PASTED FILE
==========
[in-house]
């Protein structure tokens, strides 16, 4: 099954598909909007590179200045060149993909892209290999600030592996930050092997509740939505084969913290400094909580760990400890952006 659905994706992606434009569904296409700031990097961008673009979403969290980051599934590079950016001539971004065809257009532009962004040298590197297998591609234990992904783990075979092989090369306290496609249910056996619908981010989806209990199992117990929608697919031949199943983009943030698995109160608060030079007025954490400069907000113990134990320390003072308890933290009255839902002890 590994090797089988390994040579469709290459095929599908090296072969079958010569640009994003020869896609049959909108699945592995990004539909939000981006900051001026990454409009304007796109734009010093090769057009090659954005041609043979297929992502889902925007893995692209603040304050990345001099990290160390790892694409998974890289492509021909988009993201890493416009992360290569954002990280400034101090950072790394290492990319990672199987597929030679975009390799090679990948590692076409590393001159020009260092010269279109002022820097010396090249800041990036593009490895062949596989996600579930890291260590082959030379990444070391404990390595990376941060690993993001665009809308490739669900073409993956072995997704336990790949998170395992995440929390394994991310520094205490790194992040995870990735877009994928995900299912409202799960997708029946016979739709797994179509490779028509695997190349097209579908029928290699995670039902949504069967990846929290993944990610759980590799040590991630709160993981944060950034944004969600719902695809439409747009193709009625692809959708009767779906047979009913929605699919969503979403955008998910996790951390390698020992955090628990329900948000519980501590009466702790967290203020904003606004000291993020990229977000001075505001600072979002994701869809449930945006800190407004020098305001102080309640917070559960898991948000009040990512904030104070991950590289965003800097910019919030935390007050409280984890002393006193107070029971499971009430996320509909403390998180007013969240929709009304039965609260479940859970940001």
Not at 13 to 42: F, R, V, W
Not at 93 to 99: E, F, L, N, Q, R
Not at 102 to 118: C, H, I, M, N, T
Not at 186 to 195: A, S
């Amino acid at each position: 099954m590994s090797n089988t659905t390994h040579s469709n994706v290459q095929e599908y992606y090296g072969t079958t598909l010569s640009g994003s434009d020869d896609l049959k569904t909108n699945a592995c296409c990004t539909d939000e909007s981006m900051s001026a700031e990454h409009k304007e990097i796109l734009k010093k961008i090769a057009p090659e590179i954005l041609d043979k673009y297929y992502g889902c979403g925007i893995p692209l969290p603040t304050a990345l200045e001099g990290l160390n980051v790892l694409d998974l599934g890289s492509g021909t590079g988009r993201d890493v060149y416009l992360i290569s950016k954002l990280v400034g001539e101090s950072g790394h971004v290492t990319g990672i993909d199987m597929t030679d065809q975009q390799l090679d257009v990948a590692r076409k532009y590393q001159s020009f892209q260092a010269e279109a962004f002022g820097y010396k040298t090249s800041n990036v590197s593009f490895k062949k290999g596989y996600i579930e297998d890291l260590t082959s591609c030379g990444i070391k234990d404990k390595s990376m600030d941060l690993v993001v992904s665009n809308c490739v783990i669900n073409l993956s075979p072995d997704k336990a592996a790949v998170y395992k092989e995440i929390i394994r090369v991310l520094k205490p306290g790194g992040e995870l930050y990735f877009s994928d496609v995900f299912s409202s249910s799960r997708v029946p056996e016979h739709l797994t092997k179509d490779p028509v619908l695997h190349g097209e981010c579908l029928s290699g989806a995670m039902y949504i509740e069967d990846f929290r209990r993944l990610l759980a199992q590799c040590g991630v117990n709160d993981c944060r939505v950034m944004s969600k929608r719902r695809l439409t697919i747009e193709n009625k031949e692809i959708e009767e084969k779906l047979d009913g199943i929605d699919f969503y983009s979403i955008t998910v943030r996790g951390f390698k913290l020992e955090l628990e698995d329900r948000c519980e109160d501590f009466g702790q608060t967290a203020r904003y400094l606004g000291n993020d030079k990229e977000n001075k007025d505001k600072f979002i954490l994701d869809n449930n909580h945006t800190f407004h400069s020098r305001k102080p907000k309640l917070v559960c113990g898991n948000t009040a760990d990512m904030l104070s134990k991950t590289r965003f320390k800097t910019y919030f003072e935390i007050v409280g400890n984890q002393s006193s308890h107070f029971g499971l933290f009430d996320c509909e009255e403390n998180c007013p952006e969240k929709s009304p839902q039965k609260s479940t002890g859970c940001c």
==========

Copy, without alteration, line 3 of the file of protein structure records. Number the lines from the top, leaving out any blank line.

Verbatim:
Not at 13 to 42: F, R, V, W